Publication: Monitor Volume: 3 Issue: 226

Yeltsin’s arms control initiatives during his stay in Stockholm have taken the spotlight off of Swedish-Russian bilateral relations and a package of agreements signed by the two sides on the first day of Yeltsin’s three-day visit to Sweden. The Russian president, who received a royal welcome upon his arrival on November 2, observed to reporters that it had been "90 years since a Russian chief of state" had visited Sweden. Yeltsin addressed the Swedish parliament during his stay, and his agenda included meetings with King Carl XVI Gustaf and Swedish prime minister Goeran Persson.

Yeltsin headed an entourage of some 200 Russian officials that included Foreign Minister Yevgeny Primakov. In addition to security concerns, the two sides focused their attentions on boosting economic cooperation — and particularly Swedish investment in the Russian economy — and on joint measures aimed at battling crime. Some eight agreements were signed on November 2, including one on fighting money laundering and another on rescheduling some of the former Soviet Union’s debts to Sweden. Accords were also signed on nuclear safety, space exploration, and on cultural and scientific exchanges. The Foreign and Justice Ministers of the two countries were scheduled to meet yesterday, while Russian business representatives were to attend a Swedish-Russian business seminar. (AP, Itar-Tass, December 2; Reuter, December 3) It was also announced yesterday that the two countries had agreed to study a proposal calling for the construction of a gas pipeline from Russia to Sweden. (AP, December 3)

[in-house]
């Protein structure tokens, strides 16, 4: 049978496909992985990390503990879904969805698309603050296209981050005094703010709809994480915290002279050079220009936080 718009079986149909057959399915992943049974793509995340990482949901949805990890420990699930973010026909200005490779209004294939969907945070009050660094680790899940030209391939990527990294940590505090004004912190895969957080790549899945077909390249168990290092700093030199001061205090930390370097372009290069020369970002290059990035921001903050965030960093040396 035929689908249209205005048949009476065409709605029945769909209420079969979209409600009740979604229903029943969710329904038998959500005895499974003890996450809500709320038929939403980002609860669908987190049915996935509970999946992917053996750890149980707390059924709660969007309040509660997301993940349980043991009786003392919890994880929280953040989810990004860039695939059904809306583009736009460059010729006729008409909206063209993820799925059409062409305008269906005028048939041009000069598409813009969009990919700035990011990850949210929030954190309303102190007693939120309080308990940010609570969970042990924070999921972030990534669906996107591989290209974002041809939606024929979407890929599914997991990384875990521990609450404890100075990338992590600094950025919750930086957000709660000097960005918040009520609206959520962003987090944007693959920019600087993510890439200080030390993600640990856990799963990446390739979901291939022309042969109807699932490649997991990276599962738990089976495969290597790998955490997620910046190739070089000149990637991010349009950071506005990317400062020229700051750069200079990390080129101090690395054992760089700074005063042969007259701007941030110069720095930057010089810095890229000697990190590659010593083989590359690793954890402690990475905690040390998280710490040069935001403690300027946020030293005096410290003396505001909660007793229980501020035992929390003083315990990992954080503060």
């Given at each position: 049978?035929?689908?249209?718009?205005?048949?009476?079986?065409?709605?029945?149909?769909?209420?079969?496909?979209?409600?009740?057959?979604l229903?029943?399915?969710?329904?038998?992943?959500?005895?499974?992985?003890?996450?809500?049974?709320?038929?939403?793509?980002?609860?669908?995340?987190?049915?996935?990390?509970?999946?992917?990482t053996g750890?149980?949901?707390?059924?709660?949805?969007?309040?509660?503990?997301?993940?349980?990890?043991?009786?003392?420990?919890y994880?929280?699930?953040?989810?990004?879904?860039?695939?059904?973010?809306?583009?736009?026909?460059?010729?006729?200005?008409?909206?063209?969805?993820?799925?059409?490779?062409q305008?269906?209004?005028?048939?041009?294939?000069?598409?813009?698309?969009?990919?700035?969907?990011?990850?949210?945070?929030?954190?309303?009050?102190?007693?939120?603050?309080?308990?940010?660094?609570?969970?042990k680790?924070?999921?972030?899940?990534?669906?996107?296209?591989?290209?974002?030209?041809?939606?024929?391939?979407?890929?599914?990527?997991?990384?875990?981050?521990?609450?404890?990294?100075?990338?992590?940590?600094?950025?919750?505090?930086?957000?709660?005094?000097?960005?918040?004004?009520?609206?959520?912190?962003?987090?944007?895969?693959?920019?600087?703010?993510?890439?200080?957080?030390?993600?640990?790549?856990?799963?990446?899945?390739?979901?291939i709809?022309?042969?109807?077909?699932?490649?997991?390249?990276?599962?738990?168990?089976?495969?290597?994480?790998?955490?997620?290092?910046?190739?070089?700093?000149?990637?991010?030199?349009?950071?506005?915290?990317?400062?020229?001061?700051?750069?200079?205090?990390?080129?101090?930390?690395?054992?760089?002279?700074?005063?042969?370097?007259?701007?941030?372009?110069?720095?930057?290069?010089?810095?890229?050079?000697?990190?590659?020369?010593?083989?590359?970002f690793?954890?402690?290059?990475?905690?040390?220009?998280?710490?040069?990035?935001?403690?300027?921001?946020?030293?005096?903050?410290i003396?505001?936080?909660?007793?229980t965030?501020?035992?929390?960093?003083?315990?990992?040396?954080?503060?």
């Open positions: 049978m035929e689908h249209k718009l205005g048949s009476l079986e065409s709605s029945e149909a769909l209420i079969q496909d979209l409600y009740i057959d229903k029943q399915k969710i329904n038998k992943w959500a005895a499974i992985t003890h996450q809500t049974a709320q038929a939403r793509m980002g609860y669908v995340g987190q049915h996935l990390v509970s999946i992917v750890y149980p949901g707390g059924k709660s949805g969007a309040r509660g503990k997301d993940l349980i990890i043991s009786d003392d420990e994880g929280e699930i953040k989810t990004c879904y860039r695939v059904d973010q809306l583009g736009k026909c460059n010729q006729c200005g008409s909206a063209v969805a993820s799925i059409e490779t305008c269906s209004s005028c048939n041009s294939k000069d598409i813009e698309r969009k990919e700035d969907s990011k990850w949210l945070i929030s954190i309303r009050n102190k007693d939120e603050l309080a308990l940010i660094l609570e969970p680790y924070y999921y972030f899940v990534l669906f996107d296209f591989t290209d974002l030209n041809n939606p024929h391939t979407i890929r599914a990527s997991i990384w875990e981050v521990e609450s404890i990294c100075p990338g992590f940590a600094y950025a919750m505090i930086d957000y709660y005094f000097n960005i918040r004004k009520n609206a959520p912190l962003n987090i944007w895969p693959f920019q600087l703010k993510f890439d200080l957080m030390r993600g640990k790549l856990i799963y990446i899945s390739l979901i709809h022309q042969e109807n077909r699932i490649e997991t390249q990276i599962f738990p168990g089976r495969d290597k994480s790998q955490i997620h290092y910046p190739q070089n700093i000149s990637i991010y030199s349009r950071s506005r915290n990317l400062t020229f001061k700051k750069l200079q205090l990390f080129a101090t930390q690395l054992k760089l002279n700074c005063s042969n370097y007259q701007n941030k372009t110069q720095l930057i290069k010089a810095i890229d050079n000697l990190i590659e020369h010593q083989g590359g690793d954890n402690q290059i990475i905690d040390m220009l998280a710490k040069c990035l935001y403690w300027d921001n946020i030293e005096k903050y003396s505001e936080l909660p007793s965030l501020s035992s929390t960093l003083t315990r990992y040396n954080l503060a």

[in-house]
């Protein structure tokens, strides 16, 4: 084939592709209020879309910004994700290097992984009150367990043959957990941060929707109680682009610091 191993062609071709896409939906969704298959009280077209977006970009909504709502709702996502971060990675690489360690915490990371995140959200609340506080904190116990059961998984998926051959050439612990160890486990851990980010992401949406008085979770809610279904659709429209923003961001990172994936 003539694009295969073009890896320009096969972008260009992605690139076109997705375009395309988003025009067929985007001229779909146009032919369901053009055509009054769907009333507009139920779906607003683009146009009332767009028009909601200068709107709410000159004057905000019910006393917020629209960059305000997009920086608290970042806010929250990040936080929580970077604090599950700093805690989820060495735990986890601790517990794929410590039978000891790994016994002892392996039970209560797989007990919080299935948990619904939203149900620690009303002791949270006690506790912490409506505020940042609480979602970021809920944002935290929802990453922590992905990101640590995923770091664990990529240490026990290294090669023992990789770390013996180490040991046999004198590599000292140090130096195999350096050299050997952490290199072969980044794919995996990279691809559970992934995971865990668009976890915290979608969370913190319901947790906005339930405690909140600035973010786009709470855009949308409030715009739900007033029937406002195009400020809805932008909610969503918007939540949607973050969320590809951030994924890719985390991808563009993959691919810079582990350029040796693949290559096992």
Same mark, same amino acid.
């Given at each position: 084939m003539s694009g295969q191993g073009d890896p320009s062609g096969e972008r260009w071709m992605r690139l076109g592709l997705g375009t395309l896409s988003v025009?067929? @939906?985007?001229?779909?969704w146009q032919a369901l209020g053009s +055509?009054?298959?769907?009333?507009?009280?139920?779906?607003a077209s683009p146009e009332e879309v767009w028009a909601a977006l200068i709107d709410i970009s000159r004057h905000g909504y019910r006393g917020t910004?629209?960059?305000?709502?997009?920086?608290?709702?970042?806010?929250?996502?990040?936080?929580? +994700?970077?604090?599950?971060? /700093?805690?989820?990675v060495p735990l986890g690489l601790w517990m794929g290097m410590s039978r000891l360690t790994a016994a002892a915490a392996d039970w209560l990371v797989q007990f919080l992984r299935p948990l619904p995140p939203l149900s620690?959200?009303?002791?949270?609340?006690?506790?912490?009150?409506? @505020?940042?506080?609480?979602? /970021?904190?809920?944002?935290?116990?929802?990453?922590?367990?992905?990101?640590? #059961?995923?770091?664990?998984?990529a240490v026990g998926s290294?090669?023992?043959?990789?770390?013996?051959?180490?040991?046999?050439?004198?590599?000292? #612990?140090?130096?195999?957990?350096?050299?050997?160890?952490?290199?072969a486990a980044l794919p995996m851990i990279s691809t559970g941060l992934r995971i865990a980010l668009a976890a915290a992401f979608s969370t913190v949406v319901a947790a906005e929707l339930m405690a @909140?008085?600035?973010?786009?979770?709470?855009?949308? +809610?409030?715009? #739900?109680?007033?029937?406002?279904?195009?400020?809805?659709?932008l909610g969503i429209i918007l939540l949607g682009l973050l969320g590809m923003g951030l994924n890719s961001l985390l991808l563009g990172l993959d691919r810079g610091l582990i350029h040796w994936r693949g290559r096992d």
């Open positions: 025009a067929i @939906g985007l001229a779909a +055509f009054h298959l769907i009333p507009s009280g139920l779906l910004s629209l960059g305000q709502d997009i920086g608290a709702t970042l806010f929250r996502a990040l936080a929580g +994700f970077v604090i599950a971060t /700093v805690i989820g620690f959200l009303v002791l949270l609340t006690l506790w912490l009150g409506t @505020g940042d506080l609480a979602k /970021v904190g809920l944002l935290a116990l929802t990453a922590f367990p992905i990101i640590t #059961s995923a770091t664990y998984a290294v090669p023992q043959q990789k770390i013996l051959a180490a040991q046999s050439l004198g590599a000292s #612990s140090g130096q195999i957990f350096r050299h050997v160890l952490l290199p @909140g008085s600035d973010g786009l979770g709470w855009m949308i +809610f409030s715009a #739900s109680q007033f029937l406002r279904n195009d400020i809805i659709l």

In his remarks to the Swedish parliament yesterday Yeltsin touched, among other things, on the need for European countries to act on their own to ensure European security. That injunction, which was accompanied by Moscow’s standard call for the OSCE rather than NATO to serve as the continent’s main security organization, reprised recent criticism from Moscow that the U.S. exercises too much influence in European affairs. Such statements are part of Moscow’s increasingly overt efforts to exploit tensions in the Western alliance, both to forestall NATO enlargement and to increase its own influence in European capitals. (Itar-Tass, December 3)

Saratov Land Law Enters Into Force.